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  • Writer's pictureMark Meier

Tractors for Sale 2

Olburq squinted his suspicion and didn’t reach for the credit chip. “Whatcha want from me?”

Carnifor stepped in with the explanation. “We have a full load of farming equipment, from simple tractors to flexiblecrop harvesters.”

Olburq eyed the bribe, but still refrained from taking it. “That’s a lot of machinery, and won’t be doing us no good. We don’t have enough tillable land.”

Lannetay put the payment back into its hidden pocket. “We have a solution for that, too.” She turned to face Carnifor.

“We have a colonization kit.” Carnifor’s words were chosen with utmost care. Olburq hadn’t given much clue as to his thoughts about the Wantis taking over. The former administrator could be “all-in” for the new system. “We might be convinced to deploy that package, if the price is worth the effort.”

Olburq’s eyes widened, his interest nearly screaming. “Might be worth hearin’ more. Can you come back in an hour?”

Lannetay crossed her arms. “We’ll be charged another thousand credits if we stay on the surface that long.”

Olburq focused on the holo hovering above the desk. Displays flashed past too quickly to follow, then settled on the spaceport’s landing schedule. A number changed. “There. Now you can stay for hours. The timer showing how long you been here only counts one second for every four.” He smiled openly at Lannetay. “By the way, you just landed.”

Lannetay and Carnifor leaned in to get a better look at the display. The twenty-six minutes since they’d been cleared by customs had vanished.

“Thank you.” Lannetay uncrossed her arms and produced the fifty credits again. When she held it out, Olburq took it. “Nice doing business with you. We’ll be back here in one hour.”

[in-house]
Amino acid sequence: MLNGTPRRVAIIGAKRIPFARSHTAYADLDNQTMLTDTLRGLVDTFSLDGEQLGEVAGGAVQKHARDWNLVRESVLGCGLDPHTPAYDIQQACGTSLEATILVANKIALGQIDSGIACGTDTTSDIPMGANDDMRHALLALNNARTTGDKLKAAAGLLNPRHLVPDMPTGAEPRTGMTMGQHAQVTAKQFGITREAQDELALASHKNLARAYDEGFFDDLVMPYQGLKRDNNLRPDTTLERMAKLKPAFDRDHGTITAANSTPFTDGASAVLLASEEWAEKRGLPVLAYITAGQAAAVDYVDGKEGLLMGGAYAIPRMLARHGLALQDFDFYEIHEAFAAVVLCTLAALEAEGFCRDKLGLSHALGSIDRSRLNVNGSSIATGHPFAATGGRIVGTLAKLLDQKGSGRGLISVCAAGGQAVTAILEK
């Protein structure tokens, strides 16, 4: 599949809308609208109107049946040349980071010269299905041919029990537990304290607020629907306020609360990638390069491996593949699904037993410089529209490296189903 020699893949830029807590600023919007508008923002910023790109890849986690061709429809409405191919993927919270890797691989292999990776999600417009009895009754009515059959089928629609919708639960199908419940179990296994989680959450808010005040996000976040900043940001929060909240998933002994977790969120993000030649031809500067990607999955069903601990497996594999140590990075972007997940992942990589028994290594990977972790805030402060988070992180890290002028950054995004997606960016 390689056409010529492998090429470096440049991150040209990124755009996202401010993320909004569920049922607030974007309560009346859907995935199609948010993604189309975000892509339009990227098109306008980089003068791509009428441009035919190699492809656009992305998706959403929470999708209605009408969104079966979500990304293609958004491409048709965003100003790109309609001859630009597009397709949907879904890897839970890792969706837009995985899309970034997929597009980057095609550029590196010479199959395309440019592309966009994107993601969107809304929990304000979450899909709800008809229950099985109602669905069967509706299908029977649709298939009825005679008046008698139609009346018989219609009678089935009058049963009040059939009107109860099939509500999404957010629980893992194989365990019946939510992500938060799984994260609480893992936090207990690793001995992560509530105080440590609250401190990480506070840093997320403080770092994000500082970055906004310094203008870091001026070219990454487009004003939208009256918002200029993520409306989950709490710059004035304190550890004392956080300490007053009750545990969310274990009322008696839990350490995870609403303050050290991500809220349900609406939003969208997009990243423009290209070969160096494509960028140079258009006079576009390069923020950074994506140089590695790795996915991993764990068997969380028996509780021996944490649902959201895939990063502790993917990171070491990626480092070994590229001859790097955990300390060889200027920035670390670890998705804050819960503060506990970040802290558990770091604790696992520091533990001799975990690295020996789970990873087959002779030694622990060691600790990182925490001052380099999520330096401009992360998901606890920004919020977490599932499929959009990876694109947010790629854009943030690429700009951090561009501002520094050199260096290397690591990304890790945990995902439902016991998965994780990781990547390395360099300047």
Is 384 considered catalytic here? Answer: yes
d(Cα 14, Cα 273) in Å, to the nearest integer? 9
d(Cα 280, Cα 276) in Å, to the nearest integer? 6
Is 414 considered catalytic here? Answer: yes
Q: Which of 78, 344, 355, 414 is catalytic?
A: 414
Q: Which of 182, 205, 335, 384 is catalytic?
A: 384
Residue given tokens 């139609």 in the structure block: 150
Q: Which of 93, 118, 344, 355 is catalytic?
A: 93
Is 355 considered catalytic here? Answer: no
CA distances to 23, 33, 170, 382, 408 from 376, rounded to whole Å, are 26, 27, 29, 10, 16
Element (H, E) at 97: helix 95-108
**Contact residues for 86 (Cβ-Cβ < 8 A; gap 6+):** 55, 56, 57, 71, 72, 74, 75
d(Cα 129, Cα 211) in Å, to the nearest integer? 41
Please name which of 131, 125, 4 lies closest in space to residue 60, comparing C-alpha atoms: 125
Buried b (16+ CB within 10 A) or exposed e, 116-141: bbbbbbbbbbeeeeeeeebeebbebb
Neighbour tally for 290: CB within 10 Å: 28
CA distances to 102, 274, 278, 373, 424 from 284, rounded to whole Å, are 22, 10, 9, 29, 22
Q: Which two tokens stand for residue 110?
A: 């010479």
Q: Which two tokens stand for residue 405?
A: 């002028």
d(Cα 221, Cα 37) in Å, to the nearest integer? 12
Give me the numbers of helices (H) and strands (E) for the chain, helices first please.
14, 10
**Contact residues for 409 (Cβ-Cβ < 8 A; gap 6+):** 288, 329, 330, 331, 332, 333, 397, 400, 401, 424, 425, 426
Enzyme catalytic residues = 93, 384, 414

Olburq had already switched his attention to the colony’s Core. He gave a perfunctory wave as the two turned away.

Outside the factory Carnifor asked, “What do you suppose a colony like this has to offer a traveler?”

“Not much.” Lannetay was still uneasy about the lack of people. “We could wander from dome to dome to check things out. Maybe find out where Mr. Nasal works.”

Carnifor scrunched up his face and imitated the customs official who’d made them wait so long. “Do you really want to know where I work? I can show you if you’ll pay five hundred credits.”

Lannetay laughed as they walked along with no specific destination. The two meandered, chatting aimlessly while they surreptitiously peered through ground-floor windows. Eventually they circumnavigated the colony’s main dome.

“This dome somehow seems even more deserted than when we arrived.” Carnifor pointed at three separate dormitories. “Each of those could hold hundreds of people. Bill told me Olmin Colony has five thousand residents, and everyone is packed into the other domes?”

Lannetay pondered. “It does seem unlikely.”

“I wonder why that is.” Carnifor peered in the direction of another dome.

“Let’s see what the next one has to offer.” Lannetay pointed toward an airlock. One hatch opened into the lock, three hatches lead to passages connecting with other domes.

Lannetay looked through the transparent material at the next domes. After studying them she couldn’t see any difference between them.

“What do you think?” Lannetay gestured. “Left, right, or middle?” Maybe another habitat could give them some idea as to why this one was so deserted.

Carnifor paused to consider. “Do you have any preference?”

“You pick.” Lannetay crossed her arms and gave a friendly smirk. Any of the choices would be okay with her. Part of being a good leader, though, involved letting others have their say – or at least the semblance of making decisions. She’d heard the same about raising children.

“Okay. Left.” Carnifor pressed the control to open the lock.

The colony’s Core intoned, “Authorized personnel only. To obtain authorization, contact the colony administrator, Shelle DoMinn.”

Carnifor frowned. “Who is Shelle DoMinn?”